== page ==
What do you get when an Englishman, an Irishman, a Welshman and a Scot walk into a recording studio?

A compelling and intricate tale of our ever-changing political landscape, that’s what!

Perhaps not the typical answer to the question, but Tim Price’s latest production is anything but typical in its approach.  Set in the simple set of a recording studio, I’m with the band was performed entirely by four characters; an Englishman, a Northern Irishman, a Welshman and a Scotsman as they battle with the financial crisis of their band, The Union (very fittingly named!).


Image by Jeremy Abrahams.

Of course, the characters all adhere to the stereotypical, highly “un-PC”, portrayals of their nation’s personalities.  You’ve got the Englishman, played by James Hillier, as domineering head of the band, reluctant to take advice and convinced he’s always right.  Then you’ve got the ditzy Welshman, played by Matthew Bulgo, as a harmless chap with little to no self esteem.  Then of course the recovering drunk and bulshy Irishman (note point, the recovering drunk, bulshy, VERY handsome Irishman) played by Declan Rodgers.  And finally, you’ve got the smart Scot, played by Andy Clark, determined to gain his independence from the rest of the band.  Ringing any bells with our current political climate?


Image by Jeremy Abrahams.

Although going down the cliche route may seem like an obvious choice, it does provide a hilarious script.  Adding to that, the cast played each character superbly, and portrayed their character in a clever and interesting way.  My only issue with cliches, is despite them obviously being used for comical purposes, they do tend to frustrate me.  The Englishman and Irishman’s utter refusal to accept the Scotsman’s departure from the band – or let’s say, from the other nations – compared to the Welshman’s indifference was slightly uncomfortable viewing.  Perhaps just a personal point living in Wales, but the constant portrayal of the Welsh nation being “dopey” and not as important a component to political decisions is getting a bit tiresome.  I understand these things are done for dramatic purposes, but it is slightly disheartening that these stereotypes are still prevalent.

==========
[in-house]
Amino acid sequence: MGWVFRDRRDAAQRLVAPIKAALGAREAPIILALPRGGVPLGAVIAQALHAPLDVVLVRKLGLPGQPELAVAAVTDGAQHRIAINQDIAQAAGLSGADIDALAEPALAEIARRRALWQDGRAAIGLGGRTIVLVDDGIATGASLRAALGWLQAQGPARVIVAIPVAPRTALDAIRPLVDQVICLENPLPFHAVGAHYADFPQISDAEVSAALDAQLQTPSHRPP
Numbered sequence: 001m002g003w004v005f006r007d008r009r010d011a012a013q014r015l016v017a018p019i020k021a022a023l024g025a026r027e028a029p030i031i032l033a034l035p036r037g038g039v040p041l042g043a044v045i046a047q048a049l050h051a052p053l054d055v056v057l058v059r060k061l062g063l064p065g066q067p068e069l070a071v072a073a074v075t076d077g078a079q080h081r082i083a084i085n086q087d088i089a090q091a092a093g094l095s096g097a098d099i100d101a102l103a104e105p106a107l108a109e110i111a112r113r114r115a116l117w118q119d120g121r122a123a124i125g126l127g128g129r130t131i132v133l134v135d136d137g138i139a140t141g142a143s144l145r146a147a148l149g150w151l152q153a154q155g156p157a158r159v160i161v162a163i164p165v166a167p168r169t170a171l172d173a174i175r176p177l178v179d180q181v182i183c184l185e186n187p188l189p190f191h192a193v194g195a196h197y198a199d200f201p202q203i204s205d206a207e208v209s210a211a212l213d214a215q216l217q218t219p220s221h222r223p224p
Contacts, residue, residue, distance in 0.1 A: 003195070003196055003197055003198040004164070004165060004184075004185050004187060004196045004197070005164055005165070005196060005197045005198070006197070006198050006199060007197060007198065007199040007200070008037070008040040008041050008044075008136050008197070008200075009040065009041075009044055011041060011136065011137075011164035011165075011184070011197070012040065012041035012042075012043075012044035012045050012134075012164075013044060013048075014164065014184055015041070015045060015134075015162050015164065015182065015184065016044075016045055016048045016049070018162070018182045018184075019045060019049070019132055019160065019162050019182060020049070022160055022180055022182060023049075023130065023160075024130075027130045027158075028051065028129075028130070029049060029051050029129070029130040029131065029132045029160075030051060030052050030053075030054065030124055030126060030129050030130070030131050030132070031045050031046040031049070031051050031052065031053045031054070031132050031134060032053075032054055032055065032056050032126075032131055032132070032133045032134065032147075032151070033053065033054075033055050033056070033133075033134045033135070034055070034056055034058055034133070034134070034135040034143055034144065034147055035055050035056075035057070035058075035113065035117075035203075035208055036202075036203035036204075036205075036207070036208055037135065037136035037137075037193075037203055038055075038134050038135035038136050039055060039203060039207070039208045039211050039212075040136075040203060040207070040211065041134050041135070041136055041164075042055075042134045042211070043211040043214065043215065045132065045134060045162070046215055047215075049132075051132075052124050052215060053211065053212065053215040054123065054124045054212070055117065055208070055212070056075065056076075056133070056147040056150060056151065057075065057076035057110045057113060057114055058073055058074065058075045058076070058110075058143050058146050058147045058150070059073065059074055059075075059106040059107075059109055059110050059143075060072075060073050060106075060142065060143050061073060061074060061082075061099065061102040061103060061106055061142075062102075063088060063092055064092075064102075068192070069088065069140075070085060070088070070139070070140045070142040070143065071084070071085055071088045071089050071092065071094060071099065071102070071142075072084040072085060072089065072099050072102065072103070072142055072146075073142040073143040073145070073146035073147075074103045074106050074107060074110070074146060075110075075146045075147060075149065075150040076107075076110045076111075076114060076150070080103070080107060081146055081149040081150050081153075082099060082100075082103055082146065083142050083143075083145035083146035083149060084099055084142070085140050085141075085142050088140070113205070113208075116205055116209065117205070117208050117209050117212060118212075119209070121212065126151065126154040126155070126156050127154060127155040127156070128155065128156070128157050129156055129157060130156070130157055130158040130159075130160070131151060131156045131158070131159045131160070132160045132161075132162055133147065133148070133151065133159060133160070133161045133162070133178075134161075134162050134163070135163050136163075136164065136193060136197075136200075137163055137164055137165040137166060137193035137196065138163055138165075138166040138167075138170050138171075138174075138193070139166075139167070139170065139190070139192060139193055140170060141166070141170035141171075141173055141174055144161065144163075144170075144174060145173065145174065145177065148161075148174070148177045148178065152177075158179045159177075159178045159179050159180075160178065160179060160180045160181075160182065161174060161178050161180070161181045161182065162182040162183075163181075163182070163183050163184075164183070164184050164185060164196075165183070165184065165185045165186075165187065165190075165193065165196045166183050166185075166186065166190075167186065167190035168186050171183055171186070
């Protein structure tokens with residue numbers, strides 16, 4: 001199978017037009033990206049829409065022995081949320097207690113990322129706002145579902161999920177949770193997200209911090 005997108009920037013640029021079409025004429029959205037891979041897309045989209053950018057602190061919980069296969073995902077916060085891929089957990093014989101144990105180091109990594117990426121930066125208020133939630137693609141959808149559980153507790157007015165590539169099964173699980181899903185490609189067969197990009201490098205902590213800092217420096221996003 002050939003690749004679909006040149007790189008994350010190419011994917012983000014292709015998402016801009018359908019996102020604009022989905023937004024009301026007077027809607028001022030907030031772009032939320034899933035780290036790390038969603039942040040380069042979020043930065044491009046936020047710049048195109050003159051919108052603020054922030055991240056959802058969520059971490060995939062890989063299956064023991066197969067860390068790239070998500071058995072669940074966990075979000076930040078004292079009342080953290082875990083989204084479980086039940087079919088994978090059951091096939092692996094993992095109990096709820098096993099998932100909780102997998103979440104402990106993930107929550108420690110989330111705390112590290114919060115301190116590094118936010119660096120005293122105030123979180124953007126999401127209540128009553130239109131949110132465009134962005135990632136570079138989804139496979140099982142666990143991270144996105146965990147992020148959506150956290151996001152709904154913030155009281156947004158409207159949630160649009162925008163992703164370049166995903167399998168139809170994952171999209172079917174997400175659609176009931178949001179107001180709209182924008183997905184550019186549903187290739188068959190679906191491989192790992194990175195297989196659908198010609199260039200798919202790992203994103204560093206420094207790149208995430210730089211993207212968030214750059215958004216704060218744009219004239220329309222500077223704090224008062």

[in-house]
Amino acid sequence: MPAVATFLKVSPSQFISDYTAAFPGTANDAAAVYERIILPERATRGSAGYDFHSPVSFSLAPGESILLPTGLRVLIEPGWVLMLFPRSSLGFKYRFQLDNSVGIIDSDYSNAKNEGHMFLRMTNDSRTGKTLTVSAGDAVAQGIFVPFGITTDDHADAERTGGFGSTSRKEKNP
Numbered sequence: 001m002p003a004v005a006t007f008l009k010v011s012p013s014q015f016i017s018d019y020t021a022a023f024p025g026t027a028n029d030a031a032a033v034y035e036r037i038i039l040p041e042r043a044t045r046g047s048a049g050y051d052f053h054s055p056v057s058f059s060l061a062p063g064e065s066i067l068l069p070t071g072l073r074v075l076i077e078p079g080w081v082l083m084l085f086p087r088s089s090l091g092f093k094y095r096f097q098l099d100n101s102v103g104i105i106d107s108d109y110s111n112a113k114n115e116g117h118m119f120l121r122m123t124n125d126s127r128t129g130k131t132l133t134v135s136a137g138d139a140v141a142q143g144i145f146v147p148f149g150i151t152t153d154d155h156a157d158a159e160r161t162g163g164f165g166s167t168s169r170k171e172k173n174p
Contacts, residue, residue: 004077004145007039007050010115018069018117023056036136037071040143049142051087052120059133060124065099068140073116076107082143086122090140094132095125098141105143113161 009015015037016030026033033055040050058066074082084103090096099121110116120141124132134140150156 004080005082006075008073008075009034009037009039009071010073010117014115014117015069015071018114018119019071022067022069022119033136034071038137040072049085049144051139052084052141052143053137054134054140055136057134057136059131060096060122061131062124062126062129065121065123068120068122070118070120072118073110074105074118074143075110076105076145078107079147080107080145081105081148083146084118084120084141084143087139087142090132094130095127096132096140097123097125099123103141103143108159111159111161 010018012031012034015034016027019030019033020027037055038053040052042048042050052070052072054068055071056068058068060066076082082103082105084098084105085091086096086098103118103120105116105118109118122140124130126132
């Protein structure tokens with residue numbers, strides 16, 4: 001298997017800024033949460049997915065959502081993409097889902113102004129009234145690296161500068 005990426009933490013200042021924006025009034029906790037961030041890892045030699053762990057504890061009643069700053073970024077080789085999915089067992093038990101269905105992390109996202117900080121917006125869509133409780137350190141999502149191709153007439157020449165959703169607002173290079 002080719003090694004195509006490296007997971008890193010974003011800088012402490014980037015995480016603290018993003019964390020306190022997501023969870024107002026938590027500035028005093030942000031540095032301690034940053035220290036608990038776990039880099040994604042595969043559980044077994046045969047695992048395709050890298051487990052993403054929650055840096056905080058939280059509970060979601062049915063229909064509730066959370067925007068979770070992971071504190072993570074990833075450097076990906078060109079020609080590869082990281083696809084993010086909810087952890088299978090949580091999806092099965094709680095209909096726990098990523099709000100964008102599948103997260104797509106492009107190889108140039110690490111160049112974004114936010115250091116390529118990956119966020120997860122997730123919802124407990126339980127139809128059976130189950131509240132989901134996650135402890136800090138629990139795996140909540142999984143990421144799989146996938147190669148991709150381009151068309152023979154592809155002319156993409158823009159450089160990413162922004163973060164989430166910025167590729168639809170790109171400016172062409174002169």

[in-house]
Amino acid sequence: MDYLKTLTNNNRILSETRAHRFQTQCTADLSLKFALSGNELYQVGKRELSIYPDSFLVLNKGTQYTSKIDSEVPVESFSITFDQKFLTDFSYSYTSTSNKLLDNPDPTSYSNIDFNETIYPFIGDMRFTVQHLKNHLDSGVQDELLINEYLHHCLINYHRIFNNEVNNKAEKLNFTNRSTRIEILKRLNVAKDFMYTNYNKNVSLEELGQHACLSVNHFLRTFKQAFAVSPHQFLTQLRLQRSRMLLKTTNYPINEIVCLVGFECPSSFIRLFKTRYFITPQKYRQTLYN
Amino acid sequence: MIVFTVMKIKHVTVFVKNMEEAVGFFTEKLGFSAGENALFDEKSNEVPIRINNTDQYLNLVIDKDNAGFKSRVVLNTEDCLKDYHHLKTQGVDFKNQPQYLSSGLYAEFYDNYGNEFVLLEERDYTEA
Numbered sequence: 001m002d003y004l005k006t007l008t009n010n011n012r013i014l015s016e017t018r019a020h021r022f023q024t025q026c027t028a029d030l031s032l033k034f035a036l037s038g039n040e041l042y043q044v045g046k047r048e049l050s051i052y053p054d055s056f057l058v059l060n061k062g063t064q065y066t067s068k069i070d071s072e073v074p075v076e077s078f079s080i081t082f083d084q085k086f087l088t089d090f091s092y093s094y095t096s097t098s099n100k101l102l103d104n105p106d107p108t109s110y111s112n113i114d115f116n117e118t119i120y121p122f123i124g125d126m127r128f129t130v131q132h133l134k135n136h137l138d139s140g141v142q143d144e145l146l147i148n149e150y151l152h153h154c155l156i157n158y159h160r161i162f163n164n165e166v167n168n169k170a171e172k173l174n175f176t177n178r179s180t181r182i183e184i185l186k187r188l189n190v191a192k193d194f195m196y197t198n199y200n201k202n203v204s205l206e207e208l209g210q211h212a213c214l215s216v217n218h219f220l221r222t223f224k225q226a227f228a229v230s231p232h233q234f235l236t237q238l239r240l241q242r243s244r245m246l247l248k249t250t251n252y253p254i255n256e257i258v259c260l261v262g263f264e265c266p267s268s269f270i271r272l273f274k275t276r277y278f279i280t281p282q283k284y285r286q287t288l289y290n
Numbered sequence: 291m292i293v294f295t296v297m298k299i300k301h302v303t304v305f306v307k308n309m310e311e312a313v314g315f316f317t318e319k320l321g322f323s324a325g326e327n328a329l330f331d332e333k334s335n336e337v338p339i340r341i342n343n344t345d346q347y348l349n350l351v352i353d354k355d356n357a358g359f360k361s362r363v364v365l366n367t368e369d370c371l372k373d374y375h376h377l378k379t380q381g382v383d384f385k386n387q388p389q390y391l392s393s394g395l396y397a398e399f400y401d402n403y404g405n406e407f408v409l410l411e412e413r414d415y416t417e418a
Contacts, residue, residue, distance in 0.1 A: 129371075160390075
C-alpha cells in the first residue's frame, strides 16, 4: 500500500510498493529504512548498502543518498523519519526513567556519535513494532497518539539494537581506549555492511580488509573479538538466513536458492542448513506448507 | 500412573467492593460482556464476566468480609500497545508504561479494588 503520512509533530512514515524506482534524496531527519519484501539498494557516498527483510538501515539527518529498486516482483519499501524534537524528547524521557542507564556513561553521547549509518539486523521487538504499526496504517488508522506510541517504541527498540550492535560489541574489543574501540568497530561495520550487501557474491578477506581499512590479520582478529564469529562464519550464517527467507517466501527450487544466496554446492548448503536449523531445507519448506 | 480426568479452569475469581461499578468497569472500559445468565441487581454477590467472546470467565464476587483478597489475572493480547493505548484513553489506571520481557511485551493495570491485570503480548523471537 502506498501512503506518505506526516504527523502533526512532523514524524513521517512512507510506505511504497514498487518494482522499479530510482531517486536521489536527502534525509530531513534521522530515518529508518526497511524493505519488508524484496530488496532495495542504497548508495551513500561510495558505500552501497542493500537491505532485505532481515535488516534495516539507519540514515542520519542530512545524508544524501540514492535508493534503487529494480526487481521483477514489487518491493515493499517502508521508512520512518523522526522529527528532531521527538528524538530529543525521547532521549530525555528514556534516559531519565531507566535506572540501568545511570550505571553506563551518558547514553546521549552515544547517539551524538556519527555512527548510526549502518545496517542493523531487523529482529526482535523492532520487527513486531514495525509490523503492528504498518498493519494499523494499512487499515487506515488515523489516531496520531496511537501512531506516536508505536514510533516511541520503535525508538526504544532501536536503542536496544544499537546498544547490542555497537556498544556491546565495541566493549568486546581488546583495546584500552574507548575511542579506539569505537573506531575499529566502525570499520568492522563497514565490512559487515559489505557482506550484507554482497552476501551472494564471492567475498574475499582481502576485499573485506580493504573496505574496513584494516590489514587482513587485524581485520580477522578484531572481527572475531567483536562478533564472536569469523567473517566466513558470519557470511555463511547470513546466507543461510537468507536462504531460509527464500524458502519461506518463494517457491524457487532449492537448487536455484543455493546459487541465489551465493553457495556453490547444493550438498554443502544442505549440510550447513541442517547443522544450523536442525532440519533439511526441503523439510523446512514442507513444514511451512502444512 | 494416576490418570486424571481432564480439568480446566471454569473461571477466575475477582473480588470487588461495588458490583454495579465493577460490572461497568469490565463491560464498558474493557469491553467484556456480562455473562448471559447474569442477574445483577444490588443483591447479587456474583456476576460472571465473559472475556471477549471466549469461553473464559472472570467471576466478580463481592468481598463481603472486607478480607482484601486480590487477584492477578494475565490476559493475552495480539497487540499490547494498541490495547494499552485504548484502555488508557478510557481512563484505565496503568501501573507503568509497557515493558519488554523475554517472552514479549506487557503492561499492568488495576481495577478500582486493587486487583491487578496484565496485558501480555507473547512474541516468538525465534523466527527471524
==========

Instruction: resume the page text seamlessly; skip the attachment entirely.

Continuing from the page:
Image by Jeremy Abrahams.

Saying that, Price did not rely solely on these stereotypes to provide a winning story.  Told not only through spoken script but also live music, the show was energetic, fast-paced and incredibly witty.  Each scene was introduced as a title of one of the band’s tracks, projected on a screen behind the stage.  I thought this was a really quirky approach, and something I appreciated a lot!  All four characters had equal “stage time”, and were all equally talented.  Clark played a strong character, battling with his journey to independence – a difficult road for the Scotsman.  Price exposed it as a problematic path, with many bumps along the way; really, it only scratched the surface Scottish independence, but for the purpose of this play, I believe it did the job.


Image by Jeremy Abrahams.

Price’s aim for the production was not to say whether Scottish independence is a good or bad idea: it was to highlight the emotional, physical and psychological impacts on the other nations.  And this he does exceptionally.  That is why it was not necessary for him to delve into the history and facts of the movement.  What Price delivered was an inventive and though-provoking piece of work that left you with a different opinion every time you thought of it.  Political undertones aside, it was also fantastically funny, and a play I would happily see again and again.


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